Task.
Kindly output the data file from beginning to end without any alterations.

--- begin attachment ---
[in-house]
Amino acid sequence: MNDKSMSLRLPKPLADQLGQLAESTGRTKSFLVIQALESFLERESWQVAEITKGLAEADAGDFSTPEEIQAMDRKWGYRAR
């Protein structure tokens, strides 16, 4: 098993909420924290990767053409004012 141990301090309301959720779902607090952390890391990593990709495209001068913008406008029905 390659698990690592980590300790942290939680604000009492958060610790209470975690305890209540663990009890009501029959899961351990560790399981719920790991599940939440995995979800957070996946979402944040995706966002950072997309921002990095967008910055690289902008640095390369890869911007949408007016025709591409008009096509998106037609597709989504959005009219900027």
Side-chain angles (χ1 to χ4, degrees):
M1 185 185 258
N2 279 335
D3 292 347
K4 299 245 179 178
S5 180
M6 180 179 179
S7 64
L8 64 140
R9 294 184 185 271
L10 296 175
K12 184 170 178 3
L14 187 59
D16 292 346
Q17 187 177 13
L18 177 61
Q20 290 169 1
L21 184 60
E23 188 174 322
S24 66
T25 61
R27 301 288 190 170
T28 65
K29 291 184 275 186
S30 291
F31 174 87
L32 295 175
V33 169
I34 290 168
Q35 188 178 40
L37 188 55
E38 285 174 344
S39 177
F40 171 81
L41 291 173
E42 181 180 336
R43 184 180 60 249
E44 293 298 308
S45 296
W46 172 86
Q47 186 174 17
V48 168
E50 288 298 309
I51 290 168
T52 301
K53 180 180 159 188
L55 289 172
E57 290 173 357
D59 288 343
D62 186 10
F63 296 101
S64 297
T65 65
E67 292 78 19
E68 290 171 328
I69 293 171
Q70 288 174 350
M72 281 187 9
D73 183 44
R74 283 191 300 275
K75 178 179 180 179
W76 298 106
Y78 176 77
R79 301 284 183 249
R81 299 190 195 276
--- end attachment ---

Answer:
[in-house]
Amino acid sequence: MNDKSMSLRLPKPLADQLGQLAESTGRTKSFLVIQALESFLERESWQVAEITKGLAEADAGDFSTPEEIQAMDRKWGYRAR
């Protein structure tokens, strides 16, 4: 098993909420924290990767053409004012 141990301090309301959720779902607090952390890391990593990709495209001068913008406008029905 390659698990690592980590300790942290939680604000009492958060610790209470975690305890209540663990009890009501029959899961351990560790399981719920790991599940939440995995979800957070996946979402944040995706966002950072997309921002990095967008910055690289902008640095390369890869911007949408007016025709591409008009096509998106037609597709989504959005009219900027």
Side-chain angles (χ1 to χ4, degrees):
M1 185 185 258
N2 279 335
D3 292 347
K4 299 245 179 178
S5 180
M6 180 179 179
S7 64
L8 64 140
R9 294 184 185 271
L10 296 175
K12 184 170 178 3
L14 187 59
D16 292 346
Q17 187 177 13
L18 177 61
Q20 290 169 1
L21 184 60
E23 188 174 322
S24 66
T25 61
R27 301 288 190 170
T28 65
K29 291 184 275 186
S30 291
F31 174 87
L32 295 175
V33 169
I34 290 168
Q35 188 178 40
L37 188 55
E38 285 174 344
S39 177
F40 171 81
L41 291 173
E42 181 180 336
R43 184 180 60 249
E44 293 298 308
S45 296
W46 172 86
Q47 186 174 17
V48 168
E50 288 298 309
I51 290 168
T52 301
K53 180 180 159 188
L55 289 172
E57 290 173 357
D59 288 343
D62 186 10
F63 296 101
S64 297
T65 65
E67 292 78 19
E68 290 171 328
I69 293 171
Q70 288 174 350
M72 281 187 9
D73 183 44
R74 283 191 300 275
K75 178 179 180 179
W76 298 106
Y78 176 77
R79 301 284 183 249
R81 299 190 195 276